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Homework Help: Find the sum of arctan(1/2n^2)

  1. Jun 24, 2005 #1
    [tex]\sum_{i=1}^{n} \arctan(\frac{1}{2n^2})[/tex]

    I have to find sum of first n terms.
    I have no idea what to do with these arctan. Give me please any hint.
     
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  3. Jun 24, 2005 #2

    dextercioby

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    The answer is immediate.

    [tex] \sum_{i=1}^{n} \arctan\left(\frac{1}{2n^{2}}\right) =n\arctan\left(\frac{1}{2n^{2}}\right) [/tex]

    Daniel.
     
  4. Jun 24, 2005 #3
    I got that
    [tex]S_n=\arctan\frac{\tan(S_{n-1})+1/2n^2}{1-\frac{\tan(S_{n-1})}{2n^2}}[/tex]
    [tex]S_n[/tex] is sum of first n terms.
    But i'm not sure if it could help.
    I just started studying series by myself. Could you elaborate your solution, Dexter. I don't understand
     
  5. Jun 24, 2005 #4

    dextercioby

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    I've already given you the answer.Yours is not the answer to the problem written in post #1.

    Daniel.
     
  6. Jun 24, 2005 #5
    Oh, yes. It's my mistake.
    [tex]\sum_{n=1}^{\infty} \arctan(\frac{1}{2n^2})[/tex] is supposed to be. Sorry
     
  7. Jun 24, 2005 #6

    dextercioby

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    I haven't got a clue so far to prove that

    [tex] \sum_{n=1}^{\infty} \arctan\left(\frac{1}{2n^{2}}\right) =\frac{\pi}{4} [/tex]

    Daniel.
     
  8. Jun 24, 2005 #7
    Integration Daniel?
     
  9. Jun 24, 2005 #8

    dextercioby

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    Integrate what...?I don't see a pattern to form a Riemann sum.

    Daniel.
     
  10. Jun 24, 2005 #9
    I tried it out, no light.Where did you get thid problem from?
     
  11. Jun 24, 2005 #10

    Hurkyl

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    Wee, this is a variant of my favorite problem! The way I know how to do it involves the application of a trig identity...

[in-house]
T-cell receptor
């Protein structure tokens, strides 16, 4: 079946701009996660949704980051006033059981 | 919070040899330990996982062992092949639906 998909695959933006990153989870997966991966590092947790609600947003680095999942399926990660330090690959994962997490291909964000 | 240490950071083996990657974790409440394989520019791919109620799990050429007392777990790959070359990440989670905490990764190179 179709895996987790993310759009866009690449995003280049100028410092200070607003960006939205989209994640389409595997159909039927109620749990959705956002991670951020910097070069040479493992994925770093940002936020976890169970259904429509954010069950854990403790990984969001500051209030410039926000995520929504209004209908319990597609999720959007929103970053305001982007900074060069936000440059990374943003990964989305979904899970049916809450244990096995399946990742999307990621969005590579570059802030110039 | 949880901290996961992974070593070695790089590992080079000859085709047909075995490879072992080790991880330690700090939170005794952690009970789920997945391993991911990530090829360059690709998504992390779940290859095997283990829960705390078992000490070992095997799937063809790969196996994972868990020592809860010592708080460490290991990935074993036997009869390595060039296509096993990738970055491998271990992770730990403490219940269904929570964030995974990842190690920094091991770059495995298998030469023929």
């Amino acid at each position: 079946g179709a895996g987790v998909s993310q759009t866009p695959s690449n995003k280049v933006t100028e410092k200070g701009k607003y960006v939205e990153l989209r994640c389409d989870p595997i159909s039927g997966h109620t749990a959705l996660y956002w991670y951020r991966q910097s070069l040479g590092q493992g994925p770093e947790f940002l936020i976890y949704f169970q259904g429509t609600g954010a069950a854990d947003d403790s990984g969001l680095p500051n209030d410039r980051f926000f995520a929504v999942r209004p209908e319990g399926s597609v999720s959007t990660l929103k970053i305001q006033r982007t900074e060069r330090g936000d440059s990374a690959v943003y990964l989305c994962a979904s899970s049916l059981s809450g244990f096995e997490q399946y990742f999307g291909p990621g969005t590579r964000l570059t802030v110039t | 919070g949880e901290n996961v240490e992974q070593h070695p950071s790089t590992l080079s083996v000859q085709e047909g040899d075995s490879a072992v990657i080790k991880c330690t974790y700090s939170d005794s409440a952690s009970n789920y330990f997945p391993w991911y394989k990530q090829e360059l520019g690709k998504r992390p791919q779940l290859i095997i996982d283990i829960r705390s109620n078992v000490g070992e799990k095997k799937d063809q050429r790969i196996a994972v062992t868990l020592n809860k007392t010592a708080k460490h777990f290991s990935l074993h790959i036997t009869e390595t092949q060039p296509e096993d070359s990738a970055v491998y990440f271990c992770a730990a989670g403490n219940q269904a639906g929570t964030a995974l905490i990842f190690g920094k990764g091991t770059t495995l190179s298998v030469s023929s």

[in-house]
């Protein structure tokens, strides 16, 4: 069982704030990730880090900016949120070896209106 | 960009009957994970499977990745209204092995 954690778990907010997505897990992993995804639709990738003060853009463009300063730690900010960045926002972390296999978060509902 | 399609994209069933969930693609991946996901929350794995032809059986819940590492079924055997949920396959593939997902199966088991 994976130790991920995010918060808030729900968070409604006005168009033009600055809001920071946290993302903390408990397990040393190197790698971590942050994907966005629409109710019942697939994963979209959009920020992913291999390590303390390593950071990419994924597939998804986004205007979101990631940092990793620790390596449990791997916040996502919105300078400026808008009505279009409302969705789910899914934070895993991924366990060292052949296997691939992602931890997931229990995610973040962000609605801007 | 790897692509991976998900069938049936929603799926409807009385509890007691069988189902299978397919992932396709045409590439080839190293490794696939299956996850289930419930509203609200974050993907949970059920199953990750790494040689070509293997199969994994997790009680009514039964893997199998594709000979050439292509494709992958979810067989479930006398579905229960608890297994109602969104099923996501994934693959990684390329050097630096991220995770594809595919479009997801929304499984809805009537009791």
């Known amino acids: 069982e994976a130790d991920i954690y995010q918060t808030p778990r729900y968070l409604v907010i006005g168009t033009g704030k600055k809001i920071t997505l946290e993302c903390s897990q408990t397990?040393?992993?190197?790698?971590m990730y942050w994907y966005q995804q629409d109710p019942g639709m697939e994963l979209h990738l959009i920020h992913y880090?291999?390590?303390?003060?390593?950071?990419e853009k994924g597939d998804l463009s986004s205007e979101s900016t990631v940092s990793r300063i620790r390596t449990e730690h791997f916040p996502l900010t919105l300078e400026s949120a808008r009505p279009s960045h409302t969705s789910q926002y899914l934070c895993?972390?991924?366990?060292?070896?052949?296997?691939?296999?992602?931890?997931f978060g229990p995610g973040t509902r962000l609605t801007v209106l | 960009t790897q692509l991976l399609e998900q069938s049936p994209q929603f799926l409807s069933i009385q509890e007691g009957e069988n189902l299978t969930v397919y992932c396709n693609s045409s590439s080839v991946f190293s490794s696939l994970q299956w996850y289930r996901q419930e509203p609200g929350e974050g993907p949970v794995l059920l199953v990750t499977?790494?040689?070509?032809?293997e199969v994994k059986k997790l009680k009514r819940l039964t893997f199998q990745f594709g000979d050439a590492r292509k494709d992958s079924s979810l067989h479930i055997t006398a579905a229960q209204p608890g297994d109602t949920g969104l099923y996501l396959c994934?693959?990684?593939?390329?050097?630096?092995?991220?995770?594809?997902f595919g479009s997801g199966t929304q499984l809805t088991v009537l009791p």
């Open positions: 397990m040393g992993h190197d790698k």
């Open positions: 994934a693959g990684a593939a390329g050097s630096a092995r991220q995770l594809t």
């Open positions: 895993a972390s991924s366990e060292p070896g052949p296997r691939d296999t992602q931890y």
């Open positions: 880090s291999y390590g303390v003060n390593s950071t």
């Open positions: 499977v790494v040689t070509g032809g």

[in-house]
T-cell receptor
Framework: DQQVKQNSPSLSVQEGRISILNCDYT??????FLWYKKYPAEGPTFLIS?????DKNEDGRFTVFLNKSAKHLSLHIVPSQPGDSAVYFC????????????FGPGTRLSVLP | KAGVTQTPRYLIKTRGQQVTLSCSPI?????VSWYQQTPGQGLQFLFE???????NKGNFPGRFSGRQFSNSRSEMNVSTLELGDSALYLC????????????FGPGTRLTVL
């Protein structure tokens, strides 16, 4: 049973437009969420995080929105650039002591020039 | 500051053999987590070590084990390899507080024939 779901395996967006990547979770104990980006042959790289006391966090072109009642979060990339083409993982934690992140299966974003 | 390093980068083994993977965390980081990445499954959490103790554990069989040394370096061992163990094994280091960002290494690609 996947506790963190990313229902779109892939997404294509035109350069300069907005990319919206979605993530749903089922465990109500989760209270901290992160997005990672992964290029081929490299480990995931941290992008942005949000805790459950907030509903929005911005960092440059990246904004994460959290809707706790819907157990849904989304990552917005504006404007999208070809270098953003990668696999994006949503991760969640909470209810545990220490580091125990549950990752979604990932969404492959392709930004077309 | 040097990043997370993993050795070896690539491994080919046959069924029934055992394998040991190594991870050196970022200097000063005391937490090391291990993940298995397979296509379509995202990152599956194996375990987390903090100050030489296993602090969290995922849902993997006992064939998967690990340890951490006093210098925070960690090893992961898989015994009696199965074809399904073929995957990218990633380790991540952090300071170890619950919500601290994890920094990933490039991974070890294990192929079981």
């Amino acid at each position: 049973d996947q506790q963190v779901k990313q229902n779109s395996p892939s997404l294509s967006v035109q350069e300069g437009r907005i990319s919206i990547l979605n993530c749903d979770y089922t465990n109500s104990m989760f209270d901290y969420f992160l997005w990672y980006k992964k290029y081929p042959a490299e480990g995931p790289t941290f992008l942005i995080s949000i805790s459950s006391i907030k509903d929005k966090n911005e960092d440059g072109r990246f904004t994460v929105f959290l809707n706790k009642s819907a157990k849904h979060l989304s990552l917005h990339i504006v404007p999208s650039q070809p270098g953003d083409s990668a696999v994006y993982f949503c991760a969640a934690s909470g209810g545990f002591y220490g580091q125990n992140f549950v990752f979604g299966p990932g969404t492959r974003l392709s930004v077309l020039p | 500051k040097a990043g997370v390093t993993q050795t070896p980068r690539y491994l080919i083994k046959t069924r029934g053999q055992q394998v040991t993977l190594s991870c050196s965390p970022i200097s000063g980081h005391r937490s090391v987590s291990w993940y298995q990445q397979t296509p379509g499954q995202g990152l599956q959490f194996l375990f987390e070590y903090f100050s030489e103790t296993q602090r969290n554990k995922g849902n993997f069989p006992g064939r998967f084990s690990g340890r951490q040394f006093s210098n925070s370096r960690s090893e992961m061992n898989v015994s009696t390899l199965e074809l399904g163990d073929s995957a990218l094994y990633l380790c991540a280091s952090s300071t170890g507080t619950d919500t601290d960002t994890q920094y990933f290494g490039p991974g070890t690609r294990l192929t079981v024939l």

Last edited: Jun 24, 2005
  12. Jun 24, 2005 #11
    Hm. Unfortunately it's too subtle hint for me.
     
  13. Jun 24, 2005 #12
    [tex]\frac{1}{2n^2} = \frac{2}{4n^2}[/tex] u can use this
    to get
    [tex]arctan(\frac{(2n+1)-(2n-1)}{1+(2n+1)(2n-1)}[/tex]
    You can use the identity for inverse
    and try to figure out rest
     
  14. Jun 24, 2005 #13
    ok just saw ur post::
    arctana+arctanb = arctan(a+b)/(1-ab)

    so u will have arctan{1/22}= arctan(2n+1)-arctan(2n-1)

    now u can substitute for n=1,2,3,......k u will finally have

    arctan{1/n2}= arctan(2k+1)-arctan1
    now as k=> inf u will have pi/2-pi/4 = pi/4


    "what is here may be elsewhere, what is not here is nowhere."
    Prayers are empowered by a clear mind and heart, and purity of intention. With clarity, our consciousness aligns with higher consciousness, where the forces of nature and laws of creation operate according to divine order
     
    Last edited: Jun 24, 2005
  15. Jun 24, 2005 #14

    Hurkyl

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    Well, I was trying not to actually do his homework for him. :tongue2:
     
  16. Jun 24, 2005 #15
    At any rate, it is a very neat problem. I had not seen it before. Thanks to the OP for posting it. I wonder if there are other ways to do it ...?
     
  17. Jun 25, 2005 #16
    [tex]\arctan{1/2n^2}= \arctan(2n+1)-\arctan(2n-1)[/tex]
    Yes, it's very tricky!
    I also got that [tex]S_n=\arctan(\frac{n}{n+1})[/tex] (This was my question)
    This also leads to pi/4 when n->infinity.
    Thank you very much to all.
     
    Last edited: Jun 25, 2005
  18. Jun 25, 2005 #17

    saltydog

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    Thanks guys. Very clever. This is a summary which I take no credit for:

    Using Himanshu's technique above:

    [tex]\sum_{n=1}^{\infty}Arctan(\frac{1}{2n^2})[/tex]

    Let:

    [tex]\frac{1}{2n^2}=\frac{2}{4n^2}=\frac{(2n+1)-(2n-1)}{1+(2n+1)(2n-1)}[/tex]

    Now,

    [tex]Arctan(a)-Arctan(b)=Arctan\left[\frac{a-b}{1+ab}\right][/tex]

    Letting:

    a=(2n+1)
    b=(2n-1)

    We have:

    [tex]Arctan[\frac{1}{2n^2}]=Arctan\left[\frac{(2n+1)-(2n-1)}{1+(2n+1)(2n-1)}\right]=Arctan(2n+1)-Arctan(2n-1)[/tex]

    Thus we have:

    [tex]\sum_{n=1}^{\infty}Arctan(\frac{1}{2n^2})=\sum_{n=1}^{\infty}\left[Arctan(2n+1)-Arctan(2n-1)\right][/tex]

    So that using a(x) and a(y) to save space we have:

    [tex]
    \sum_{n=1}^{\infty}\left[Arctan(2n+1)-Arctan(2n-1)\right]=[/tex]

    [tex](a3-a1)+(a5-a3)+(a7-a5)+(a9-a7)+ . . .+[a(2n+1)-a(2n-1)]+ . . .
    [/tex]

    Noting that all but -a1 and the a(2n+1) terms cancel, we take the limit of this sum and find we are left with:

    [tex]\sum_{n=1}^{\infty}\left[Arctan(2n+1)-Arctan(2n-1)\right]\to a(\infty)-a(1)[/tex]